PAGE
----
Mol. Cells 2015; 38(5): 396~401
3′,4′,5′,5,7-Pentamethoxyflavone Sensitizes Cisplatin-Resistant A549 Cells to Cisplatin by Inhibition of Nrf2 Pathway
Xiangyu Hou1, Xupeng Bai1, Xiaoli Gou1, Hang Zeng1, Chen Xia1, Wei Zhuang1, Xinmeng Chen1, Zhongxiang Zhao2, Min Huang1, and Jing Jin1,*
1School of Pharmaceutical Science, Sun Yat-sen University, Guangzhou 510006, China, 2School of Chinese Materia Medica, Guangzhou University of Chinese Medicine, Guangzhou, 510006, China
Received June 30, 2014; Revised January 16, 2015; Accepted January 26, 2015.; Published online March 31, 2015.
© Korean Society for Molecular and Cellular Biology. All rights reserved.

This is an open-access article distributed under the terms of the Creative Commons Attribution-NonCommercial-ShareAlike 3.0 Unported License. To view a copy of this license, visit (

Nuclear factor erythroid 2-related factor 2 (Nrf2) is an important redox-sensitive transcription factor that regulates the expression of several cytoprotective genes. More recently, genetic analyses of human tumors have indicated that Nrf2 may cause resistance to chemotherapy. In this study, we found that the expression levels of Nrf2 and its target genes GCLC, HO-1, NQO1 were significantly higher in cisplatin-resistant A549 (A549/CDDP) cells than those in A549 cells, and this resistance was partially reversed by Nrf2 siRNA. 3′,4′,5′,5,7-Pentamethoxyflavone (PMF), a natural flavonoid extracted from Rutaceae plants, sensitized A549/CDDP to CDDP and substantially induced apoptosis compared with that of CDDP alone treated group, and this reversal effect decreased when Nrf2 was downregulated by siRNA. Mechanistically, PMF reduced Nrf2 expression leading to a reduction of Nrf2 downstream genes, and in contrast, this effect was decreased by blocking Nrf2 with siRNA. Taken together, these results demonstrated that PMF could be used as an effective adjuvant sensitizer to increase the efficacy of chemotherapeutic drugs by downregulating Nrf2 signaling pathway.

Keywords: 3′,4′,5′,5,7-Pentamethoxyflavone, chemoresistance, cisplatin, lung cancer, Nrf2

Lung cancer has become one of the main causes of cancer-related deaths in many countries. Non-small cell lung cancers (NSCLC) account for approximately 80% of all lung cancer cases (D’Addario et al., 2009). Cisplatin is widely used in the therapy of NSCLC and has a significant antitumor activity (Langer et al., 2002). However, one of the main factors contributing to the failure of cisplatin-based chemotherapy in NSCLC is the development of drug resistance (Longley and Johnston, 2005). Thus, it is a challenge to develop novel drug sensitizer that can enhance the efficacy of cisplatin-based chemotherapy and overcome chemoresistance.

Nuclear factor erythroid-related factor 2 (Nrf2) binds to anti-oxidant-response elements (AREs) and regulates the expression of several genes, including heme oxygenase (HO-1), NAD(P)H dehydrogenase quinine 1 (NQO1), UDP-Glucuronosyltrans- ferase (UGTs), cysteine ligase catalytic subunit (GCLC) and several ATP-dependent drug efflux pumps (Mrps) (Maher et al., 2008; Venugopal and Jaiswal, 1996). Therefore, Nrf2 plays an important role in protecting cells from oxidative stress and regulating cellular redox homeostasis (Jaiswal, 2004).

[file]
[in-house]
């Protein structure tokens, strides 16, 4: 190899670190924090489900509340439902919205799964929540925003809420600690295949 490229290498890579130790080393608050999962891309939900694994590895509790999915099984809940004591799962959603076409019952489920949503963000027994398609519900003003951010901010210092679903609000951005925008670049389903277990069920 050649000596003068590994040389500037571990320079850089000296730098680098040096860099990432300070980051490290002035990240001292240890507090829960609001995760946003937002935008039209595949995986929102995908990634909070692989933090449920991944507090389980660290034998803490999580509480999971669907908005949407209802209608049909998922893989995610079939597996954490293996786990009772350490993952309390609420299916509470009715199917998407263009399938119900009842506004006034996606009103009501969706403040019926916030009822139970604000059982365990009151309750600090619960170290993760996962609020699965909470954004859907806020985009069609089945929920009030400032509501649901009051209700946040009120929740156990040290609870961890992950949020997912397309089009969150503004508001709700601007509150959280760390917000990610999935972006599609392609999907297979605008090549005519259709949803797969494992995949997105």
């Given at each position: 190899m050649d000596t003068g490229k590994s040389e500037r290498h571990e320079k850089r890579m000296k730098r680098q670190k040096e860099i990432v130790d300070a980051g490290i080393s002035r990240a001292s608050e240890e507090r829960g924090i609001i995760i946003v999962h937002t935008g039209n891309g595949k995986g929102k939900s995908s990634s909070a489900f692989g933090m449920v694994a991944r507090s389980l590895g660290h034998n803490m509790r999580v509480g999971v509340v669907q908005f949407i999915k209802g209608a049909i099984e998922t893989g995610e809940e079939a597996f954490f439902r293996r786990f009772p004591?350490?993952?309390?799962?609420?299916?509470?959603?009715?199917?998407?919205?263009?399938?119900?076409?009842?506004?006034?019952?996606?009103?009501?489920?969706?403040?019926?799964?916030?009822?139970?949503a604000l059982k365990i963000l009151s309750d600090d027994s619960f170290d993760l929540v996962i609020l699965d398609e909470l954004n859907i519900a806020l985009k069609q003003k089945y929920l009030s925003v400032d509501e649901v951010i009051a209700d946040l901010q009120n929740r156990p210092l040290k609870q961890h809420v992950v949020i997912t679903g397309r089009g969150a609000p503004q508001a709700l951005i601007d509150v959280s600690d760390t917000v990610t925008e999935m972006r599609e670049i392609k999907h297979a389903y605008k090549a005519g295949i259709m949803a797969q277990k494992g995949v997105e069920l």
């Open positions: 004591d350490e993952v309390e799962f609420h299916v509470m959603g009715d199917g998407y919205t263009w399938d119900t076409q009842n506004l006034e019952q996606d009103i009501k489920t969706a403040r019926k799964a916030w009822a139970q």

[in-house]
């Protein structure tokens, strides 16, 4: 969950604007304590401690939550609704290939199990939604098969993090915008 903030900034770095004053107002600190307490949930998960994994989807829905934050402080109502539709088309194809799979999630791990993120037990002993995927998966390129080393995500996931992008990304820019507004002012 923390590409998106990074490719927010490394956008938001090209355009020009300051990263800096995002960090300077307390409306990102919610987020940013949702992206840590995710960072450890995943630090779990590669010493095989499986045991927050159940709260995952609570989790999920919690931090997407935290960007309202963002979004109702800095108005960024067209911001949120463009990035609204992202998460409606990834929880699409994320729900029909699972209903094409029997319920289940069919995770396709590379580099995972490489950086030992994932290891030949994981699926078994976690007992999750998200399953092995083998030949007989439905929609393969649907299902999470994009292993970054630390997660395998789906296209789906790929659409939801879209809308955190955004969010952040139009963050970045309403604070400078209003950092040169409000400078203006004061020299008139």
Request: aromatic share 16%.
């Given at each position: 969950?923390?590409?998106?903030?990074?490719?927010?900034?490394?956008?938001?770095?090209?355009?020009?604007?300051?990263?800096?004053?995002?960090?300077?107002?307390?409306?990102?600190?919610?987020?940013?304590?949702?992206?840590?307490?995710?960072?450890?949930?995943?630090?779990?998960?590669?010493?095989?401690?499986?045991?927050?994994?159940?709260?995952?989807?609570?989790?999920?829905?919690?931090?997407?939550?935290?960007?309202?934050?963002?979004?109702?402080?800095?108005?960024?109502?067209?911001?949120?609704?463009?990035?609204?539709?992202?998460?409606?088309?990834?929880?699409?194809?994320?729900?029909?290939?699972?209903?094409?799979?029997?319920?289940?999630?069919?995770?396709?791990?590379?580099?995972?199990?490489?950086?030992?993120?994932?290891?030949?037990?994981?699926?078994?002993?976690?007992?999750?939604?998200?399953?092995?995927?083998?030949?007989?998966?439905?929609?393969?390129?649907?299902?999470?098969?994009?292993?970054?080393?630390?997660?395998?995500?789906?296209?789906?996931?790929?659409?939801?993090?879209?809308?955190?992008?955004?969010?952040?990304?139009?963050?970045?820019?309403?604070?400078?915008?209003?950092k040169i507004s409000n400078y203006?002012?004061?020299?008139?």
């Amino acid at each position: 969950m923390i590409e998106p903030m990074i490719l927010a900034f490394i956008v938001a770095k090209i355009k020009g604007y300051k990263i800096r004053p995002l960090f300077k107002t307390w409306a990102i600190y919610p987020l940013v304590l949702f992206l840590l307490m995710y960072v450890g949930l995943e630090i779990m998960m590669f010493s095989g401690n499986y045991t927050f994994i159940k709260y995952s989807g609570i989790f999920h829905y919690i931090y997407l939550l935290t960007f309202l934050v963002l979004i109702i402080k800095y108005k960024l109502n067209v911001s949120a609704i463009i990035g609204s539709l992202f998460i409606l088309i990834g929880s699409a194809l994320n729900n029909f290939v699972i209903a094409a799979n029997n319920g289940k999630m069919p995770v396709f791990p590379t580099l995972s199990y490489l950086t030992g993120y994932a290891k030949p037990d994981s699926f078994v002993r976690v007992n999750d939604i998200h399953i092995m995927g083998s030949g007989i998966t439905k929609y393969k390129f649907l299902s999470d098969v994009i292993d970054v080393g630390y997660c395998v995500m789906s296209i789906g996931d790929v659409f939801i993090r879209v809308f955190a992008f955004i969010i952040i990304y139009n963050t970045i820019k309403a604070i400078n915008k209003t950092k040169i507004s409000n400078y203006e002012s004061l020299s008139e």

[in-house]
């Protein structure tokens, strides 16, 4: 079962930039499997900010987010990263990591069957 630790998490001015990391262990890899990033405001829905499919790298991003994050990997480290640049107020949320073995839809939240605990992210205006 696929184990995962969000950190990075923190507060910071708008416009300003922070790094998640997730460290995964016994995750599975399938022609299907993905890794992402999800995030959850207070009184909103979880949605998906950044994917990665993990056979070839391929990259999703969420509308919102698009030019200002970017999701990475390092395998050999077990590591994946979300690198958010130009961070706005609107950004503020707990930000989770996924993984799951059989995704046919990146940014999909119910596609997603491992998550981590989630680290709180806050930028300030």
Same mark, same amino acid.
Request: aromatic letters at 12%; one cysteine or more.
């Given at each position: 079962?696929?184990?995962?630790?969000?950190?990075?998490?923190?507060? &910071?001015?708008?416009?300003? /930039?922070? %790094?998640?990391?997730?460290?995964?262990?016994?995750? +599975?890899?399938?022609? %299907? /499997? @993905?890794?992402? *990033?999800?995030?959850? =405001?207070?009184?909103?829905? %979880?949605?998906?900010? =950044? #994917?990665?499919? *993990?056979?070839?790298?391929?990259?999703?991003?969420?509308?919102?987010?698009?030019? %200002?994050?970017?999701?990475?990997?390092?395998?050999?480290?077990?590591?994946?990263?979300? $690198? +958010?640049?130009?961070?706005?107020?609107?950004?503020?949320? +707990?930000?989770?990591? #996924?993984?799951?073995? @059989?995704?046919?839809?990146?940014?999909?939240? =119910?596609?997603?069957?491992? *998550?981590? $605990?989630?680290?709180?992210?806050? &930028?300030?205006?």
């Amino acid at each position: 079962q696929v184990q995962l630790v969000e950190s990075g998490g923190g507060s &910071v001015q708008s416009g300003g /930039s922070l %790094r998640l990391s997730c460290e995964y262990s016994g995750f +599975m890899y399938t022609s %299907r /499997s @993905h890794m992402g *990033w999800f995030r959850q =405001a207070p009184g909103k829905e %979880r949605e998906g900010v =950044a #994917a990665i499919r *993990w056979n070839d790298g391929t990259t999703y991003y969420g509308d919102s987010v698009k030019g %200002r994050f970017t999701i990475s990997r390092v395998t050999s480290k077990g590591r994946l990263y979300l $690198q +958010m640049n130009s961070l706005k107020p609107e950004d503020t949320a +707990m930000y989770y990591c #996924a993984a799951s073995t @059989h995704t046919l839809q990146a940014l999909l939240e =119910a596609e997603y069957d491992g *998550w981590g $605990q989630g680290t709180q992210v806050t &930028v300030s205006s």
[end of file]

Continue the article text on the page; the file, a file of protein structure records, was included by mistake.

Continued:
More recently, genetic analyses of human tumours have indicated that Nrf2-mediated defense responses may cause resistance to chemotherapy. (Hayashi et al., 2003; Maher et al., 2008; Wang et al., 2008). In human cancers such as lung and breast cancer, frequent mutations of Kelch-like ECH-associated protein 1 (Keap1), a repressor of Nrf2, have been identified and such mutations lead to constitutive activation of Nrf2 and its downstream genes (Hayes and McMahon, 2009). Highly expressed Nrf2 was found in doxorubicin-resistant MCF-7 cell line, and the chemoresistance could be reversed by blocking Nrf2 with siRNA (Shim et al., 2009). Therefore, discovery of compounds which can potently inhibit Nrf2-mediated responses is desirable and such small molecular inhibitors may be applied as an adjuvant to counteract chemoresistance.

Several natural products have been proved to be potent Nrf2 inhibitors, such as triptolide, EGCG, Brusato and procyanidins (Chen et al., 2013; Kweon et al., 2006; Ohnuma et al., 2011; Ren et al., 2011). Triptolide could enhance drug sensitivity of doxorubicin-resistant leukemia cell line HL60/A and imatinib-resistant cell line K562/G to doxorubicin and imatinib through downregulation of HIF-1α and Nrf2 (Chen et al., 2013). Cinnamomi Cortex extract reduced the expression of efflux transporters via Nrf2 suppression in A549 cells and LU99 cells and enhanced the cytotoxicity of doxorubicin and etoposide by increasing their intracellular concentrations (Ohnuma et al., 2011).

3′,4′,5′,5,7-Pentamethoxyflavone (PMF) (Fig. 1) is a polymethoxy-substituted flavonoid presented in plants of Rutaceae plant family such as Murraya paniculata and Neoraputia magnifica (Tomazelaa et al., 2000). Murraya paniculata is a widely used botanical drug with anti-inflammation, anti-obesity and antifungal activities (Lu et al., 2011). Neoraputia magnifica is proved to have anti-trypanosome activity (Soeiro and Castro, 2009). Previous reports showed that PMF could reduce adenoma development in a human gastrointestinal malignancies model ApcMin mouse through inhibiting prostaglandin production and interference with the COX pathway (Cai et al., 2009). However, whether PMF could sensitize chemoresistant cancer cells to chemotherapeutic drugs have not been studied yet.